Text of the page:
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PLoS One. 2012;7(6):e40036. doi: 10.1371/journal.pone.0040036. Epub 2012 Jun 29.

Vitamin D and HIV progression among Tanzanian adults initiating antiretroviral therapy.

Author information

1
Department of Epidemiology, Harvard School of Public Health, Boston, Massachusetts, United States of America. csudfeld@hsph.harvard.edu

Abstract

BACKGROUND:

There is growing evidence of an association between low vitamin D and HIV disease progression; however, no prospective studies have been conducted among adults receiving antiretroviral therapy (ART) in sub-Saharan Africa.

METHODS:

Serum 25-hydroxyvitamin D (25(OH)D) levels were assessed at ART initiation for a randomly selected cohort of HIV-infected adults enrolled in a trial of multivitamins (not including vitamin D) in Tanzania during 2006-2010. Participants were prospectively followed at monthly clinic visits for a median of 20.6 months. CD4 T-cell measurements were obtained every 4 months. Proportional hazard models were utilized for mortality analyses while generalized estimating equations were used for CD4 T-cell counts.

RESULTS:

Serum 25(OH)D was measured in 1103 adults 9.2% were classified as vitamin D deficient (<20 ng/ml), 43.6% insufficient (20-30 ng/mL), and 47.2% as sufficient (>30 ng/mL). After multivariate adjustment, vitamin D deficiency was significantly associated with increased mortality as compared to vitamin D sufficiency (HR: 2.00; 95% CI: 1.19-3.37; pā€Š=ā€Š0.009), whereas no significant association was found for vitamin D insufficiency (HR: 1.24; 95% CI: 0.87-1.78; pā€Š=ā€Š0.24). No effect modification by ART regimen or change in the associations over time was detected. Vitamin D status was not associated with change in CD4 T-cell count after ART initiation.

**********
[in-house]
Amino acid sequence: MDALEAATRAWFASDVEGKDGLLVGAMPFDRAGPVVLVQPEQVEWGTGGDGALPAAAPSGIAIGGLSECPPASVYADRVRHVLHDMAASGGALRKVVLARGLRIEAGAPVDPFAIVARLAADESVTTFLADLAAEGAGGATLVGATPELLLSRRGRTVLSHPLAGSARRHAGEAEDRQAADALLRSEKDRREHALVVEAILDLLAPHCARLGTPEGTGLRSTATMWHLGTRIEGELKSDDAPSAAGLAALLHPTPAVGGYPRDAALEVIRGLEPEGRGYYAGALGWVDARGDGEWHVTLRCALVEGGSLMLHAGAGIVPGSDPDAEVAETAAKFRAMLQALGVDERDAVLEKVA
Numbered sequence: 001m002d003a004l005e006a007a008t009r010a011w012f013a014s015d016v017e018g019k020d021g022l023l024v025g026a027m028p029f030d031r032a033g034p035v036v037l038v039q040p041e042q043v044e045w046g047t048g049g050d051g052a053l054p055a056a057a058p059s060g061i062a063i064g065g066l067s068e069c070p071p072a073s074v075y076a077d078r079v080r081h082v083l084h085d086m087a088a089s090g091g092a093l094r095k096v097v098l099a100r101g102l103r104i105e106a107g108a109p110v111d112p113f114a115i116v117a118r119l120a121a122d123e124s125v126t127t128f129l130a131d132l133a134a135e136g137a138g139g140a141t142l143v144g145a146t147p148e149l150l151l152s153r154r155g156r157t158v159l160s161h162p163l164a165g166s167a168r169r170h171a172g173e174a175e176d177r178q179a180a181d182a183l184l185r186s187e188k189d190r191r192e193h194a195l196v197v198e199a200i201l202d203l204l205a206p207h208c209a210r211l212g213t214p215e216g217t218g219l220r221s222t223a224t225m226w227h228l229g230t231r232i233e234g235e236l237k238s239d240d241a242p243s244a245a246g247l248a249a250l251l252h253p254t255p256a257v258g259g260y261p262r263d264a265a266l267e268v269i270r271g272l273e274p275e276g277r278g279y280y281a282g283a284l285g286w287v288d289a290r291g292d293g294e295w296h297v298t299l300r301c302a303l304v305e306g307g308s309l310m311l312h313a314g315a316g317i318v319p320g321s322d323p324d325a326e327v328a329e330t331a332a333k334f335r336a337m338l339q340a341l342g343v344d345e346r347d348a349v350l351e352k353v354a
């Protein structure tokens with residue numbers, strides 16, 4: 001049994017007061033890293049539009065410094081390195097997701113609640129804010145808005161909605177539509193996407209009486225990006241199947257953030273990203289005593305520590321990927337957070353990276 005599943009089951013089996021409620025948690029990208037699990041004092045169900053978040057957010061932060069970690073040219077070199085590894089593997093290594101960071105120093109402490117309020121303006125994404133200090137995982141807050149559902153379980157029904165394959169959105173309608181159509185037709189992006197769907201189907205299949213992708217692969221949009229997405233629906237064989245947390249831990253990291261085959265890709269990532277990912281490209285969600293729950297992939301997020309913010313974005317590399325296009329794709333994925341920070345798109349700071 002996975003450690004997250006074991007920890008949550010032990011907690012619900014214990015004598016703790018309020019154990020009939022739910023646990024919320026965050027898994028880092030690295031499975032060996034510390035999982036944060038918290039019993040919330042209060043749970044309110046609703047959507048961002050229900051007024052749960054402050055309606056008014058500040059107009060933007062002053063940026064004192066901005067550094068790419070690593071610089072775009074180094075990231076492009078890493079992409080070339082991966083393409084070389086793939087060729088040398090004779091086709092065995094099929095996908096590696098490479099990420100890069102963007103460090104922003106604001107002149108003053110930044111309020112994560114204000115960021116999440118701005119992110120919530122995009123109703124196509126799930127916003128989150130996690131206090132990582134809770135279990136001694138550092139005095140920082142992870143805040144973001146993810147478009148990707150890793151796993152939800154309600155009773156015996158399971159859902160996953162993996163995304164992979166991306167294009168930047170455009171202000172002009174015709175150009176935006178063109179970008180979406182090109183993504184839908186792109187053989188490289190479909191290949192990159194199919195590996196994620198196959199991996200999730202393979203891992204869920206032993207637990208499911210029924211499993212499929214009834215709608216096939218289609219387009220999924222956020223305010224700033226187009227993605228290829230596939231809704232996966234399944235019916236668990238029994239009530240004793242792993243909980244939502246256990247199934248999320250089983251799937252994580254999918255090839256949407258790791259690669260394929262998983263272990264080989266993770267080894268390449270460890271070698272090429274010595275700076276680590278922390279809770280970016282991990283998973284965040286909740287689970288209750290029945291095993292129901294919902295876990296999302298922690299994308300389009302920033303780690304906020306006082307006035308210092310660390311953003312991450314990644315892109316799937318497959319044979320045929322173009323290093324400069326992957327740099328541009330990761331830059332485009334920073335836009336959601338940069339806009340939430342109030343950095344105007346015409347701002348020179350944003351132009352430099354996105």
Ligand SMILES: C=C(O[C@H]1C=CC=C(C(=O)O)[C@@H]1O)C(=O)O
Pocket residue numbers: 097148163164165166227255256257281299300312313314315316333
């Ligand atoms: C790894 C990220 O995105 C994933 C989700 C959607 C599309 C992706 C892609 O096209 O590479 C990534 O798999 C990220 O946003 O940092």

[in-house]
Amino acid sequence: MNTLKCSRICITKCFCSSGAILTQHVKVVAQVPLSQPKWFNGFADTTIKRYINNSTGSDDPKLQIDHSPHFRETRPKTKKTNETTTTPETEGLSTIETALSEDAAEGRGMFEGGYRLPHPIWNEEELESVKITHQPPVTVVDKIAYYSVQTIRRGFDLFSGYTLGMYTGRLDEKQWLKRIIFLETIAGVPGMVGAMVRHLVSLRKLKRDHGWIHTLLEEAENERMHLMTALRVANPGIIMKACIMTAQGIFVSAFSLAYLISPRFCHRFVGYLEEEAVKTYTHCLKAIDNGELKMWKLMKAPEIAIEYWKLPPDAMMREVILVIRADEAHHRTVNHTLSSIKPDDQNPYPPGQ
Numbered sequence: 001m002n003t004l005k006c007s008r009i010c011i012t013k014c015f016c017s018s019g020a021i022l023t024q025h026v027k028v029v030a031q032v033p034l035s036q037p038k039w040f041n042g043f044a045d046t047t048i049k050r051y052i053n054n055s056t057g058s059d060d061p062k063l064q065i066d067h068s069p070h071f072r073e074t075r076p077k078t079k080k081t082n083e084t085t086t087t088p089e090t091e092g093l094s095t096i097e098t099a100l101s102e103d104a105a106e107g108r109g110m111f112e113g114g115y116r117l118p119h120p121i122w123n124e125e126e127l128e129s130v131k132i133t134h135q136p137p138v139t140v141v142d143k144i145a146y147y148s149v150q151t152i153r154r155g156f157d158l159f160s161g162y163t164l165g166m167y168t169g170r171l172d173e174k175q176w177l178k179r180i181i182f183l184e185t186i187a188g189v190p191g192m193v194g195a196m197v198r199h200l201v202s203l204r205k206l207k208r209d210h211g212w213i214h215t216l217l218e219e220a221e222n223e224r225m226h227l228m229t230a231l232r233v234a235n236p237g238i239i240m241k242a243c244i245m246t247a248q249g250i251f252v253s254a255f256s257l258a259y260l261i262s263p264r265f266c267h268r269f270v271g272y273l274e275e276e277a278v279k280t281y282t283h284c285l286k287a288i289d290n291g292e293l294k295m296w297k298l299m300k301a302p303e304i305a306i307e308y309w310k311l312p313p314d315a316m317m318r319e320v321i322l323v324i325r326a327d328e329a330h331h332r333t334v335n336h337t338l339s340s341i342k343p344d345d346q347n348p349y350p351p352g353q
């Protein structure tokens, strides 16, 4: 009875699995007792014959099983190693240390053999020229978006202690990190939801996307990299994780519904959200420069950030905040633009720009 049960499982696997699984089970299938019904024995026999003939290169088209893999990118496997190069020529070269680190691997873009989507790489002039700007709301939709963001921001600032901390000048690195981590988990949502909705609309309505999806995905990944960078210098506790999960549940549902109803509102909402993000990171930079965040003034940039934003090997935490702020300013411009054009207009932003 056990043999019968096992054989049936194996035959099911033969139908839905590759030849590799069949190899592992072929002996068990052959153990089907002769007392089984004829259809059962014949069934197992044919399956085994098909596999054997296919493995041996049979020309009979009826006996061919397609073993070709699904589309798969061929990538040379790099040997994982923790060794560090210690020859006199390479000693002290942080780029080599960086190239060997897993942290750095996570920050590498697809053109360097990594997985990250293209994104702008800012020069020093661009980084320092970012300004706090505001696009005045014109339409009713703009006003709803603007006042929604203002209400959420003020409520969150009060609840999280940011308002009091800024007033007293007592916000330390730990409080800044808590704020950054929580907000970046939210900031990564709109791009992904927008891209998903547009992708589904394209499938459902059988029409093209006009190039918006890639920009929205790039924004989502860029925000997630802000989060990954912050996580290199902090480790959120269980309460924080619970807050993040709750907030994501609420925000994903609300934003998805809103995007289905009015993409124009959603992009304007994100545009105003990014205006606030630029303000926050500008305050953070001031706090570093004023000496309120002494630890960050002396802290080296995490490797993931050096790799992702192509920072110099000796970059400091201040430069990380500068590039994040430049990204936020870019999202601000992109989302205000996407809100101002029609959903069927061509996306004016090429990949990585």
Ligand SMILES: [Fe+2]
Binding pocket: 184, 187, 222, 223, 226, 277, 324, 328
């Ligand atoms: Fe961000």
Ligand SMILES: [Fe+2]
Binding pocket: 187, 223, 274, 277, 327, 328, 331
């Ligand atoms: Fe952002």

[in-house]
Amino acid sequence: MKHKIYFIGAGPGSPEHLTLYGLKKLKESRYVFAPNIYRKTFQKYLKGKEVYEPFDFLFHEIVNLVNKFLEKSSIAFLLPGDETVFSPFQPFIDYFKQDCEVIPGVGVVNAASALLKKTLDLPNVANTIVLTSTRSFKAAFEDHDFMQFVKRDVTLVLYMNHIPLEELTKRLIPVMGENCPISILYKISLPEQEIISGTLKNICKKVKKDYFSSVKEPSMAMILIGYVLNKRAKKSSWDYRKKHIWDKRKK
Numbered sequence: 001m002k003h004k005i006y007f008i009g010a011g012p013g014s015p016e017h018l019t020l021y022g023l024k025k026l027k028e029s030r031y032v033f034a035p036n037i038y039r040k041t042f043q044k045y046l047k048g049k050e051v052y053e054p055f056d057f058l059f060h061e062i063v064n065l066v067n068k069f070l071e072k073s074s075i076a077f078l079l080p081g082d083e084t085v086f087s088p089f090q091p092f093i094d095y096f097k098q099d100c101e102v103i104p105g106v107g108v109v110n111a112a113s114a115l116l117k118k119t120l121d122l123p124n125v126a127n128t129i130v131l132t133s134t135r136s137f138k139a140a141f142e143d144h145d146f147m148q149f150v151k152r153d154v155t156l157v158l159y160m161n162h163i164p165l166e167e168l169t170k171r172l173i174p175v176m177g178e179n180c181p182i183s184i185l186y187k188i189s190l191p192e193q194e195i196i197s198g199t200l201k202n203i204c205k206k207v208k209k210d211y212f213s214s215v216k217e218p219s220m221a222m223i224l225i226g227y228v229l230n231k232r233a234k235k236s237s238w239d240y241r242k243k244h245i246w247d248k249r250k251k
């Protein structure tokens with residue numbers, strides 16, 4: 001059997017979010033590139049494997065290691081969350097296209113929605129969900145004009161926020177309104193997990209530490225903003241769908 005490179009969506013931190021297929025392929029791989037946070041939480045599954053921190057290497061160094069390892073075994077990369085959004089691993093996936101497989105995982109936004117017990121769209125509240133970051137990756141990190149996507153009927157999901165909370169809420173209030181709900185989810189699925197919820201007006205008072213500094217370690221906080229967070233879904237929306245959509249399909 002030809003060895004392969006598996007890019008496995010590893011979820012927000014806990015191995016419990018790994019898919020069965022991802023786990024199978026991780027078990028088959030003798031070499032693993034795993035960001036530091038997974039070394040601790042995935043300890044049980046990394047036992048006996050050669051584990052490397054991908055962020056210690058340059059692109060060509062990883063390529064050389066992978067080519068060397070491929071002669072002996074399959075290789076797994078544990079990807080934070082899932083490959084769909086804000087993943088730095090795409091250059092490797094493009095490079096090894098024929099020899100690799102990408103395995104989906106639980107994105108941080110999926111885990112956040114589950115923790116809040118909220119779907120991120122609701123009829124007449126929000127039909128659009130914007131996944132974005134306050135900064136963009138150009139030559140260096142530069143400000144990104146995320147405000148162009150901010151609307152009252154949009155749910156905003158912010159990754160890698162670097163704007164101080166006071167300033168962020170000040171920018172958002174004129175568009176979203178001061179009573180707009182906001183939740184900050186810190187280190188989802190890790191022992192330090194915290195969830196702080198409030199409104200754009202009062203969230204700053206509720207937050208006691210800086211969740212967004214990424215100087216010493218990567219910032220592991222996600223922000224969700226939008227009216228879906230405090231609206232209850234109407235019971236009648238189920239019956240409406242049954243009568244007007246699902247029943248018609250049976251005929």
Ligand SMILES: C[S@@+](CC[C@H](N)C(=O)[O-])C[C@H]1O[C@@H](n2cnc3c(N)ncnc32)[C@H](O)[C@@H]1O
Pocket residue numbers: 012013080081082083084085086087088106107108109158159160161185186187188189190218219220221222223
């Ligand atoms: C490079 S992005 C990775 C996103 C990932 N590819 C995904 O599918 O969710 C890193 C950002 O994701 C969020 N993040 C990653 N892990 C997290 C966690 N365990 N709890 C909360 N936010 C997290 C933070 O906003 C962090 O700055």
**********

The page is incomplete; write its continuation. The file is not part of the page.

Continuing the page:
CONCLUSIONS:

Deficient vitamin D levels may lead to increased mortality in individuals receiving ART and this relationship does not appear to be due to impaired CD4 T-cell reconstitution. Randomized controlled trials are needed to determine the safety and efficacy of vitamin D supplementation for individuals receiving ART.

PMID:
22768212
PMCID:
PMC3386915
DOI:
10.1371/journal.pone.0040036
[Indexed for MEDLINE]
Free PMC Article

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